WATCH THE FILM HERE
First, the Recap:
So, it’s the big night! After all the months of prep work, the hours and hours of rehearsals to ensure everything is flowing smoothly with the material, the hall is booked, and it has come to this. The dream of every playwright, producer, and stage actor to see their hard work come down to its debut performance. And so it is as the curtain parts and a newly minted play begins. It’s a tale about a Mouse (Jon Mishner) who has ended up at the doorstep of a Man (Johnny James Fiore) in search of collecting cheese for the poor. The Man, initially dubious of a talking Mouse, allows him to enter, until the Mouse is revealed to be an imposter posing as a Mouse in order to commit cheese fraud.
Arrested and taken before the Judge (Grant Harling), the Mouse pleads his case with the aid of his Lawyer (Dj Fiore). Trying to show his innocence, the Mouse aka: Mr. Robbins, tries to paint a picture of being a victim rather than perpetrator. But, the Man will have no part of seeing this criminal go free, and Mr. Robbins is sentenced to community service under the watch of zoo warden Amy (Miriam Katz), with whom he falls for as he carries on his duty of watching over real mice being kept at the facility. Hatching a plan of escape, all seems well, leaving everyone with the moral “Always be yourself”. The play ends, and the post-performance Q&A begins, with disastrous results.
Next, my Mind:
As anyone who consistently views independent cinema, there’s certainly never going to be a lack of eccentricity or “out there” productions, which honestly is what makes the indie arena so engaging in many respects. Now, sometimes this whimsical peculiarity works, and sometimes it doesn’t. With writer/director/editor Jon Mishner’s 16-minute short film, it remains mainly the former, delivering one decidedly quirky narrative that immerses the viewer in a story about a play being performed followed by the post-production Q&A session with the audience by the cast. The issue–the entire affair is an unmitigated wreck, and ultimately showcases the breakdown between director and cast, much to the shock of the play’s “audience”, which has dwindled over time from hardly anyone to three people, and who don’t get a word in edgewise once the cast and director lay into each other. Hence, this is where the zaniness and humor really enter in, beyond just the silliness of the play itself, filled with the director’s profanity-laden tirades against the people he’d entrusted with his “baby”.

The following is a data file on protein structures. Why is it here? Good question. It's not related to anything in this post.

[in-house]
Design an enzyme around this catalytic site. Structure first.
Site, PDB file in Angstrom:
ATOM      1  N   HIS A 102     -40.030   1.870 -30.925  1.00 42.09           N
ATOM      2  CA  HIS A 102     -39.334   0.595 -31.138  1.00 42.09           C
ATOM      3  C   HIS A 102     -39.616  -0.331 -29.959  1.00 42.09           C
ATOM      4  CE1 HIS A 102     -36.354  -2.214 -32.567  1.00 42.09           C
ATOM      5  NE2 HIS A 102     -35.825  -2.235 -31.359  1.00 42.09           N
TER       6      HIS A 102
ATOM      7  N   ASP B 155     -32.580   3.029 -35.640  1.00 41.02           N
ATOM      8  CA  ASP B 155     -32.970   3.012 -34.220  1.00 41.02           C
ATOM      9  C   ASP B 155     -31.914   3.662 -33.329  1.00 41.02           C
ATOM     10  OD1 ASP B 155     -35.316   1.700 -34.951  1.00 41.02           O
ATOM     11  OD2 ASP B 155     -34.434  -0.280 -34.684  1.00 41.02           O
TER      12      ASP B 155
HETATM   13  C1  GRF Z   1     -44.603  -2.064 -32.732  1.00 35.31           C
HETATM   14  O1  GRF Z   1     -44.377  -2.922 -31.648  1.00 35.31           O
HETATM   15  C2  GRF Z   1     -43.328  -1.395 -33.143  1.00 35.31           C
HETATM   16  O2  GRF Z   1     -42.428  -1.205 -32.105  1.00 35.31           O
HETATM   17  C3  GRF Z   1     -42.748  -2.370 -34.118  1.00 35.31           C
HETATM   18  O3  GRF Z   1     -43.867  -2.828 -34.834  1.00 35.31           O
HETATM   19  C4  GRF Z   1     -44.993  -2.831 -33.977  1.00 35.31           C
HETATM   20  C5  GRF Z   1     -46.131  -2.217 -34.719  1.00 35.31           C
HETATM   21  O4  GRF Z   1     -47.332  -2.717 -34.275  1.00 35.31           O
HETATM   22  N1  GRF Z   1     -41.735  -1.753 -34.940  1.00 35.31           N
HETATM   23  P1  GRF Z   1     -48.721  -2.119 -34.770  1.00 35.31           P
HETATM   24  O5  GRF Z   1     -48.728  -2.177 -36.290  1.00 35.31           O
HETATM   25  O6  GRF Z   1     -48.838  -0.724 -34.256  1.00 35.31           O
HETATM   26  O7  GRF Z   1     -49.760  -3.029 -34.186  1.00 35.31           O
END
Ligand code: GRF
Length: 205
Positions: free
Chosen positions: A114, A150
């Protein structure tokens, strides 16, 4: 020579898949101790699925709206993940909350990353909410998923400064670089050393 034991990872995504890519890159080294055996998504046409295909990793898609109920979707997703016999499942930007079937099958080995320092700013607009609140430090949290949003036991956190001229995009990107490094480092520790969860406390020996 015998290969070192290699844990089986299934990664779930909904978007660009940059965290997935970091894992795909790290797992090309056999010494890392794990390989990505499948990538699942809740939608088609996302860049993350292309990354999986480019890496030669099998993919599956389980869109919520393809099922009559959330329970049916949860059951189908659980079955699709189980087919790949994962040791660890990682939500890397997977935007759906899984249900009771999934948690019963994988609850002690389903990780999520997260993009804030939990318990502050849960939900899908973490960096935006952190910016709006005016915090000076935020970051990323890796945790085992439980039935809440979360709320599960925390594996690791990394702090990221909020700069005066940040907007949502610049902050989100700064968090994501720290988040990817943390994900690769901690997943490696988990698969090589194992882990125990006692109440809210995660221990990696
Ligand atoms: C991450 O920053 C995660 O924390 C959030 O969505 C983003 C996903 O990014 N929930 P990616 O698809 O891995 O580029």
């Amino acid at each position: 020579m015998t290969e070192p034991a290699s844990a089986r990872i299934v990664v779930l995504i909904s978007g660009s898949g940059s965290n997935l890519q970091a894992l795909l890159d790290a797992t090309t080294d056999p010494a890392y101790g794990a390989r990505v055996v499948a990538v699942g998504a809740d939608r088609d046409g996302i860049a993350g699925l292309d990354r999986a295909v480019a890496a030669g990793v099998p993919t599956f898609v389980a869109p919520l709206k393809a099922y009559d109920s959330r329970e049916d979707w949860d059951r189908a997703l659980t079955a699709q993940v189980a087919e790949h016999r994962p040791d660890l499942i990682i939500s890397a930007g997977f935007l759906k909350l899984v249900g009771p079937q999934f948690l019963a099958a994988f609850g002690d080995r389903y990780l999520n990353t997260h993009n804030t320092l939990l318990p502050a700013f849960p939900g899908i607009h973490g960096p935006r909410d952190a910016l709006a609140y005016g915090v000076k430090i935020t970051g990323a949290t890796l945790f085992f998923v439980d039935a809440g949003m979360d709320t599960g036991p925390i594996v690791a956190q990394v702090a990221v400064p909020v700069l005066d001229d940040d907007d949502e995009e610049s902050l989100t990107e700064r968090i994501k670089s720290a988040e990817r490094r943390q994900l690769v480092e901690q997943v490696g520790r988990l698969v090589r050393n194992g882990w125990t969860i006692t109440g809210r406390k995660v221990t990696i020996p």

Mishner definitely puts his “I am a total ham” hat on in playing the role of both the Mouse/Mr. Robbins and the play’s director, taking full opportunity to act serious during the constant times where events unfolding are so intentionally and ridiculously goofy or bad that it would be more difficult not to be cracking up than deadpanning it. But, Mishner successfully navigates this and enacts both characters with equal vigor and overwrought enthusiasm that so appropriately fits the respective demeanors they have. To watch him go from this meek “Mouse” who cares and is concerned about the world the way he is to this over-the-top, self-centered, ill-tempered director is a riot. Supporting turns abound here with equal nuttiness, including Johnny James Fiore’s outraged Man who only seeks justice against the egregious actions he has become a victim of at the, er, paws of a cheese fraud instigator, and Harling as the Judge, the wig-wearing, by-the-book law enforcer who’s actually more clueless than anything, but executes his judgements with almost a little too much enthusiasm.
Also, there is Dj Fiore’s hapless Lawyer, whose true ability and knowhow to defend his client may not actually be up to snuff, and Katz’s Amy, whose loneliness may have found a cure in Mr. Robbins’ wooing of her, even though he is a married man. Additional support is provided by Willem Aloe as the performance venues Usher, Vikram Bhoyrul as a stepped on, absurdly clumsy stagehand/assistant, and multiple others playing the unfortunate audience members treated to the low quality “entertainment” both during and more so after the show. In total, “Opening Night” is an example of the sheer creativity and straightforward jocularity that indie film comedy can provide. It perfectly makes fun of itself in a way that many performers can probably relate to from real experiences with tyrant directors and poor productions. Other than the bursts of harsh language this reviewer didn’t prefer in the film’s second act, I can still firmly say “Bring up the lights, actors take a bow, because we have a winner here”.
As always this is all for your consideration and comment. Until next time, thank you for reading!